Large sponges are best for loosening up wallpaper because they can cover more surface area in one swoop. Grab a few large sponges, a bottle of fabric softener, and a bucket. Mix equal parts of the softener and hot water and drop in the sponges. Wearing protective gloves, squeeze out the excess and wipe the sponges over the wallpaper. The softener will weaken the wallpaper glue and soon enough, the covering will be loose enough to pull off without as much effort.

Make inexpensive, effective ice packs

People reach for ice packs often, to soothe sore muscles and keep food and drinks cold. These blue wonders certainly do the job but there are downsides. First of all, they start to sweat when they warm up, and that means messy, dripping water. The larger ice packs can also be heavy and take up a lot of space in coolers. And when they're brought home, ice packs need to sit out and dry before being used again. That can take a few hours or more.

Kitchen sponges can be even better than ice packs because they don't drip water, aren't heavy, and aren't cumbersome. To turn one into a homemade ice pack, saturate a sponge in water and squeeze out the excess. It should be fairly wet, with some water left in it. Put it into a sealed plastic bag and stick it in the freezer. These are especially good for sore muscles and strains because they become more flexible as they warm up.

Seal envelopes

Even though many people pay bills online and only use email invitations, envelopes haven't become obsolete yet. Paper birthday and other special occasion cards can seem more meaningful and come with coordinating envelopes, and stores still have racks of them available for interested customers. And guests still appreciate receiving mailed invitations for events, especially when there's an included RSVP card and a stamped return envelope.

There are self-sealing envelopes that don't have to be licked, but all the others have that sticky, icky gum on the tops of the insides. It's usually made from acacia tree sap and formed into a product called gum arabic. Although it isn't harmful and shouldn't upset the stomach, the nasty taste is very off-putting. To save the tastebuds, cut a sponge into small pieces and place it in a shallow container. Add a small amount of water, dip in the piece, and run it along the gum arabic. Just a little bit of water is all that's needed to get through a large number of envelopes and your tongue will thank you for the favor.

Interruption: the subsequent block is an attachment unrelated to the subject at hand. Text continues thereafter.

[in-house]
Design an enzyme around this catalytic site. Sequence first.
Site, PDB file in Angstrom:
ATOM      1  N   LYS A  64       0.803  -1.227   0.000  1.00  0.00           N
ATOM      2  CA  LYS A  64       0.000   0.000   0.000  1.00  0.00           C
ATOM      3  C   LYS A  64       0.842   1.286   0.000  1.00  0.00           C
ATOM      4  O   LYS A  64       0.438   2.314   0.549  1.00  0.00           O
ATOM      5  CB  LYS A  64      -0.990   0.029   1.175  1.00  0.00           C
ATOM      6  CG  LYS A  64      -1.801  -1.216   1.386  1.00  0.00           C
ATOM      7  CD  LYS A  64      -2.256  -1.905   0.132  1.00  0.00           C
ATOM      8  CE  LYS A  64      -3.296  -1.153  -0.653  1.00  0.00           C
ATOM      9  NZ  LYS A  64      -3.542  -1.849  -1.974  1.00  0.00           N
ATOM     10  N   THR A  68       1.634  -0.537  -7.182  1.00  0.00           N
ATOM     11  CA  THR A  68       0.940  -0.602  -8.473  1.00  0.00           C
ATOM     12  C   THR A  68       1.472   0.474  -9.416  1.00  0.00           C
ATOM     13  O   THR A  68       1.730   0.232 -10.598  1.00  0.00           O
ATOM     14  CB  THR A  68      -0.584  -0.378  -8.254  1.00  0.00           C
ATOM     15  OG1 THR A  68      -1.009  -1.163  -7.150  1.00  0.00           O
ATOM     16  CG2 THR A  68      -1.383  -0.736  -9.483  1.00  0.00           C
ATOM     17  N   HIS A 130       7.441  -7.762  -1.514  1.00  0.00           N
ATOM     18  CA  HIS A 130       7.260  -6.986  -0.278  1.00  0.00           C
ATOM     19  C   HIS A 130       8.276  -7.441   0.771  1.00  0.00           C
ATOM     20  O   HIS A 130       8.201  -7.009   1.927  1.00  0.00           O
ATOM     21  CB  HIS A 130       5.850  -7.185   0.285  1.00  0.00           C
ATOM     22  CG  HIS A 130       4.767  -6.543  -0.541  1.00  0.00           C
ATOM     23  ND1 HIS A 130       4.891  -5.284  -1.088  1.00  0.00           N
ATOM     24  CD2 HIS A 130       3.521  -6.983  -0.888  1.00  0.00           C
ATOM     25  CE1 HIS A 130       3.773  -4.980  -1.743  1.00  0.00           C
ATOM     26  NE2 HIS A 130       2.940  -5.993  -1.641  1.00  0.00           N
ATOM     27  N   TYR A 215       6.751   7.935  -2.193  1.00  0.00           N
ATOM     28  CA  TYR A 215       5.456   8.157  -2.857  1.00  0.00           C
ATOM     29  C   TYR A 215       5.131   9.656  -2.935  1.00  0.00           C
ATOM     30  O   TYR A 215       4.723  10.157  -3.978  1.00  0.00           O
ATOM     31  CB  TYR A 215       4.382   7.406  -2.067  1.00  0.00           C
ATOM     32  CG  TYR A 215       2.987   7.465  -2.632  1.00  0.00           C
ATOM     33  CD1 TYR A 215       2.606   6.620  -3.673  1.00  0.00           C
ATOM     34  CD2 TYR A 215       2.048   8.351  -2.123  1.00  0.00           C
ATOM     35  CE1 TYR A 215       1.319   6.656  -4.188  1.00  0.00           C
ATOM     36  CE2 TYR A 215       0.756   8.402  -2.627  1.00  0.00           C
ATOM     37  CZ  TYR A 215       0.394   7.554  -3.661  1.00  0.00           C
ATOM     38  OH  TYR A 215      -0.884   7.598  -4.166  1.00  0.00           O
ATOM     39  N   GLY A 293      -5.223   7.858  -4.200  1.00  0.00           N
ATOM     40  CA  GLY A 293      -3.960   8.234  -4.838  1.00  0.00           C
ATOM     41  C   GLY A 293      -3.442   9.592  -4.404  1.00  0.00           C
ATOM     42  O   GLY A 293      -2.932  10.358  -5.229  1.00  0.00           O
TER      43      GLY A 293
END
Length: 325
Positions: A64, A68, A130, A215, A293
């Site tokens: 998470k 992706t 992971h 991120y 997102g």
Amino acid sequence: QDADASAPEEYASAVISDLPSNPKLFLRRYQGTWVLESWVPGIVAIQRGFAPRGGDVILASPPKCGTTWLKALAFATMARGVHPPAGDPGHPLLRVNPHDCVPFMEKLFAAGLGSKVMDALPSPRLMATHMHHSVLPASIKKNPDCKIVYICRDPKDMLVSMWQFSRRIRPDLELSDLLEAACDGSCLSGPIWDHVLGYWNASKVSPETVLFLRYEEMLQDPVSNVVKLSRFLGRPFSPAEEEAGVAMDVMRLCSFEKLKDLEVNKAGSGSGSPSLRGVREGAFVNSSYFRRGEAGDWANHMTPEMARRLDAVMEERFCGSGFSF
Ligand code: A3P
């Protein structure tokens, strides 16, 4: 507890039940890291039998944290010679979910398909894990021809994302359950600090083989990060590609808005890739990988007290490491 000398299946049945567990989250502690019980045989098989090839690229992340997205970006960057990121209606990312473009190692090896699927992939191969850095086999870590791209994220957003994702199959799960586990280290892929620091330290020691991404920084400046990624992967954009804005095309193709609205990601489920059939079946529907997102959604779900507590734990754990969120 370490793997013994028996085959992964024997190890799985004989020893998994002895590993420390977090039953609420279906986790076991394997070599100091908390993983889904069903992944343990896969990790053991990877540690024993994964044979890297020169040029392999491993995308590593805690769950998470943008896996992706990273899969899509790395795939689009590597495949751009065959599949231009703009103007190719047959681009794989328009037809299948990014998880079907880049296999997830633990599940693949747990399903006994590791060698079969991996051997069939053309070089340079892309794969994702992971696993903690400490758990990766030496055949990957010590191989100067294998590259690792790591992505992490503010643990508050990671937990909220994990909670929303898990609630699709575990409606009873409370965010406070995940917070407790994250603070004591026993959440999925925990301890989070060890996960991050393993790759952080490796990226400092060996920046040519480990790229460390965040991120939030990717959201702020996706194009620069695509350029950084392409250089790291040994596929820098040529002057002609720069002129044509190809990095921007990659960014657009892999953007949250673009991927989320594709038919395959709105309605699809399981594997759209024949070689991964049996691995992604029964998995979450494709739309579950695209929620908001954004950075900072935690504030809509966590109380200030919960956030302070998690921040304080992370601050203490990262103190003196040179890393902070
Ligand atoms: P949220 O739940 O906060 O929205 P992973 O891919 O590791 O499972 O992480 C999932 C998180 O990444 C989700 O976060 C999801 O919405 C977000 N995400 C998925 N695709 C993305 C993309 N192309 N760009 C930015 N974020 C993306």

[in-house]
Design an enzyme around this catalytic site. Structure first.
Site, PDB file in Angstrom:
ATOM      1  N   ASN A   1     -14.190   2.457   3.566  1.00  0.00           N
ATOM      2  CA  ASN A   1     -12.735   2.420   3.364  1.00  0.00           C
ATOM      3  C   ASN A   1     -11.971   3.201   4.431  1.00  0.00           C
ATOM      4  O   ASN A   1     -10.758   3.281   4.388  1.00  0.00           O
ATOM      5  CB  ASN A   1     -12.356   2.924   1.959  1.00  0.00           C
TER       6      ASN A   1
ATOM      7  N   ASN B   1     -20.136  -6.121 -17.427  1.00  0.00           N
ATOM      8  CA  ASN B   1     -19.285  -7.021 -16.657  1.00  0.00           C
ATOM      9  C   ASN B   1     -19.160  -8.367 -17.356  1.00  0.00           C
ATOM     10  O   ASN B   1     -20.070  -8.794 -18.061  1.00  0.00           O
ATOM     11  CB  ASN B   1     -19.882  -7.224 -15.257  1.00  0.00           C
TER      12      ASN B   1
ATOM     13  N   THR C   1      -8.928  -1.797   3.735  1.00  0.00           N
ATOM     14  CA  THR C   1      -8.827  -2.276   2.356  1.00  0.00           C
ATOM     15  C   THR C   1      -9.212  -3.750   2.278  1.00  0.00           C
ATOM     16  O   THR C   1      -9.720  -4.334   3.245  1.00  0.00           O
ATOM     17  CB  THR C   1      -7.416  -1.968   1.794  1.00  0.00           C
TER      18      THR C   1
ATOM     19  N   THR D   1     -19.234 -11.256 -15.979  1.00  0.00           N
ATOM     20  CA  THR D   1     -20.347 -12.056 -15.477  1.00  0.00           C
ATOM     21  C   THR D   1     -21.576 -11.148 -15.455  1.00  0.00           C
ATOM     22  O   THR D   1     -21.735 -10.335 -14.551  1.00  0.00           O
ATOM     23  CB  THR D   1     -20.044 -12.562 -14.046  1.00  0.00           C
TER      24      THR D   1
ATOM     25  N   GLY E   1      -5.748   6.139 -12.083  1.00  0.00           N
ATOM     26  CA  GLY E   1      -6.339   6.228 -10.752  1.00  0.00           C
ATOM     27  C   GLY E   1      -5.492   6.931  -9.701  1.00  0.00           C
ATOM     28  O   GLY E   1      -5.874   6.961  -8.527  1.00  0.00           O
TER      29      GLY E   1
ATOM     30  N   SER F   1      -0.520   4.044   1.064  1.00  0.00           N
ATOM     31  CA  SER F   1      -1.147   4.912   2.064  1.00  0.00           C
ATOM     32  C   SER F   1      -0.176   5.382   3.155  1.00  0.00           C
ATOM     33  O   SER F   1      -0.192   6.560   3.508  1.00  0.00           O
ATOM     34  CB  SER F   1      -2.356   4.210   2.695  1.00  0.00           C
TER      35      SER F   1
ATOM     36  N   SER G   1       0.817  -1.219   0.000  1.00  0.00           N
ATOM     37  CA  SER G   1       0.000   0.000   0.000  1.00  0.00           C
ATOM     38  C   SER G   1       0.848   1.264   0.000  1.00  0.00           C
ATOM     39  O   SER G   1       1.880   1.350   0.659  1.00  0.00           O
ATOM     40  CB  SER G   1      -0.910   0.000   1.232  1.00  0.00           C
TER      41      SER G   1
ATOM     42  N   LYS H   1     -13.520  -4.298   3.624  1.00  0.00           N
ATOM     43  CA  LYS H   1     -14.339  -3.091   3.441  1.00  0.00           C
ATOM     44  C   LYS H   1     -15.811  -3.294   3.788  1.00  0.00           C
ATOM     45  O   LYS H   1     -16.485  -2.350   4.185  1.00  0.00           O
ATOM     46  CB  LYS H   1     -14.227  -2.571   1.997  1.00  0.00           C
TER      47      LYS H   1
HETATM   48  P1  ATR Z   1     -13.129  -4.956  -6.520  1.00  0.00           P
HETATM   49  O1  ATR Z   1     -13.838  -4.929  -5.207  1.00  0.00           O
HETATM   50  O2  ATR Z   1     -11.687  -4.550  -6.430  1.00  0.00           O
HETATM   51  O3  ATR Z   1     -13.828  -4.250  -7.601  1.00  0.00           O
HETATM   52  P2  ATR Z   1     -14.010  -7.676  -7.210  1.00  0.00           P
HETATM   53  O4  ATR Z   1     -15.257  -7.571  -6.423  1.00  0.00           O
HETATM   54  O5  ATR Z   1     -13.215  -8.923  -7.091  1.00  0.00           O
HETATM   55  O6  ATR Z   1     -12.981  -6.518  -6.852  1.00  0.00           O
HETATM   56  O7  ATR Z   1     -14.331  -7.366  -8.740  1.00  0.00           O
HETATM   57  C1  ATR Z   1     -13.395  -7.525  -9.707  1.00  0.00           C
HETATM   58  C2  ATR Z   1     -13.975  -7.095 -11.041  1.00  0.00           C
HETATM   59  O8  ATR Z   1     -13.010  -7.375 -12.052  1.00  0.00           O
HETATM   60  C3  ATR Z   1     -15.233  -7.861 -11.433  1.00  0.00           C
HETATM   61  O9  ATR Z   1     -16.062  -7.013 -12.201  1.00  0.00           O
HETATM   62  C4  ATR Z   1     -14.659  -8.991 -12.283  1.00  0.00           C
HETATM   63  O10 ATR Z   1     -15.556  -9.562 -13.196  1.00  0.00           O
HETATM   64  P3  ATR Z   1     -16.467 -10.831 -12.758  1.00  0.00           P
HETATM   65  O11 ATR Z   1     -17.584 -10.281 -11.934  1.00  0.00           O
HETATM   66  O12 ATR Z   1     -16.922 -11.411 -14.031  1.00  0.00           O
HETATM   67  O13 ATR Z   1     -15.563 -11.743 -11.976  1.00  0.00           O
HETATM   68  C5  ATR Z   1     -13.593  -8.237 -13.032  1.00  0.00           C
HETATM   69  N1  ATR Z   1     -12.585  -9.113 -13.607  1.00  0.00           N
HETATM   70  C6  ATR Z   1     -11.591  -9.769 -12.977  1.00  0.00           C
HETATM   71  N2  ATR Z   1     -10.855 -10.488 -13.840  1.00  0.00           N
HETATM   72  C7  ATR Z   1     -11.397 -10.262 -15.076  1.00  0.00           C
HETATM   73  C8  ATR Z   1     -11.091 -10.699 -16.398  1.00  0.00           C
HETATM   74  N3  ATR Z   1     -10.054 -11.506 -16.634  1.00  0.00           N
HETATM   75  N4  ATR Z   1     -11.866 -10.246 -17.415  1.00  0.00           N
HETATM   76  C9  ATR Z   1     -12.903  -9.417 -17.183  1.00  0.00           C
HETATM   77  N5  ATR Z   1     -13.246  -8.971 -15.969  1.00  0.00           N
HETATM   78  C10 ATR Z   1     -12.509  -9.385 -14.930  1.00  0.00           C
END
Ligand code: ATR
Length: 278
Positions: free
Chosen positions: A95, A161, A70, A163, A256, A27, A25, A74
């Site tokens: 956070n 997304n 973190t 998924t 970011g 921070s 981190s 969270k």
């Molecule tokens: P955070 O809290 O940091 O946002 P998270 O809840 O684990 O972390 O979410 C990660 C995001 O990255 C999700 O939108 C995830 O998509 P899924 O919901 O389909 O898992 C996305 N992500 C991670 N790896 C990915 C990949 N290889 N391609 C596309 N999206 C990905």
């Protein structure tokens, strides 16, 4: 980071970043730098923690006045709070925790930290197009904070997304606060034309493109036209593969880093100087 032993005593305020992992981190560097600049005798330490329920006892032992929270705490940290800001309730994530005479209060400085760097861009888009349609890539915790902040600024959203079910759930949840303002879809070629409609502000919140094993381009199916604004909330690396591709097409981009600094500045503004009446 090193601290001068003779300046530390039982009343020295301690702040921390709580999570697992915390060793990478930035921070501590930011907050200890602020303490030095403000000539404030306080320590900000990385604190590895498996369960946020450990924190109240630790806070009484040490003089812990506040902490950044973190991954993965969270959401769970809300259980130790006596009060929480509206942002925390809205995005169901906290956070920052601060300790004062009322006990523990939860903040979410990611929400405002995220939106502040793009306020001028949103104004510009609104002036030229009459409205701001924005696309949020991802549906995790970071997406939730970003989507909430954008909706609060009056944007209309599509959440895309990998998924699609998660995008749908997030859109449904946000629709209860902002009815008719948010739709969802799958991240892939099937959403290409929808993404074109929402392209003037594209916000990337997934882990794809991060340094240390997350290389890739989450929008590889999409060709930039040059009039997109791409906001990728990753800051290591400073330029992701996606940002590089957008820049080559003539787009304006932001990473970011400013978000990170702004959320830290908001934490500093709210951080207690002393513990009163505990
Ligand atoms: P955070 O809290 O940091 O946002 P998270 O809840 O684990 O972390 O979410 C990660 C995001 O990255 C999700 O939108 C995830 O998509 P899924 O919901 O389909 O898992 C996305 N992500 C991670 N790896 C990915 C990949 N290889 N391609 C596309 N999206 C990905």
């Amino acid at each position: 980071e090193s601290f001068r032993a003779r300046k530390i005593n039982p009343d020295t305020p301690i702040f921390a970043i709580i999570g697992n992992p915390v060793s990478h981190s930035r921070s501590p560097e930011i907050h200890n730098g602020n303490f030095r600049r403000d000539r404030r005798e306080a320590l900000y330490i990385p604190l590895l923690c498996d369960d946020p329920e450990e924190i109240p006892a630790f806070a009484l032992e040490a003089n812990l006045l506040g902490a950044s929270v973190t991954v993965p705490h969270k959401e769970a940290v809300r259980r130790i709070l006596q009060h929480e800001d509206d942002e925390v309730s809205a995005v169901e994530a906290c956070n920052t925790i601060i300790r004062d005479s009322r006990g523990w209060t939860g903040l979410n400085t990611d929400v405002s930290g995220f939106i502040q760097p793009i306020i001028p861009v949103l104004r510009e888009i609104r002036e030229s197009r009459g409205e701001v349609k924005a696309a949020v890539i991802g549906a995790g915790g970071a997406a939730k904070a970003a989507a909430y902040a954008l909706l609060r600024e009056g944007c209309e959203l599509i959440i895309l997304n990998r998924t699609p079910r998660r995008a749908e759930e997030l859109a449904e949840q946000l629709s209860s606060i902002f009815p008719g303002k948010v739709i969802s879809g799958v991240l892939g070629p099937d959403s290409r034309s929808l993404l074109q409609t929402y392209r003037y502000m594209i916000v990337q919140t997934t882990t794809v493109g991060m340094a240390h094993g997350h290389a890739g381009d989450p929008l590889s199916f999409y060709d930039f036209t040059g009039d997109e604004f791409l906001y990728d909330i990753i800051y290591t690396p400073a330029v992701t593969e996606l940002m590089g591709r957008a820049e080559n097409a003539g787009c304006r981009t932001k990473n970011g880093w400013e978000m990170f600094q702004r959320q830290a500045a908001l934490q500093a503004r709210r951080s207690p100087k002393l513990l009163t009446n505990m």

Keep drafts out

Drafts are more likely to get noticed when it's cold outside and can cause real problems indoors. Aside from making the house uncomfortable, the HVAC system will turn on too often and drive up energy costs. Pollen and other airborne allergens can also make their way inside, and no one likes to deal with stuffy noses, itchy eyes, and other allergy symptoms. Drafts can also allow moisture to seep in.

All homes have air leaks that develop over time. Buildings shift and settle, causing open gaps, widened seams, and noticeable cracks. The most common locations for these are window frames, doors, around air conditioner units, and pipes. And repairing them can cost an arm and a leg.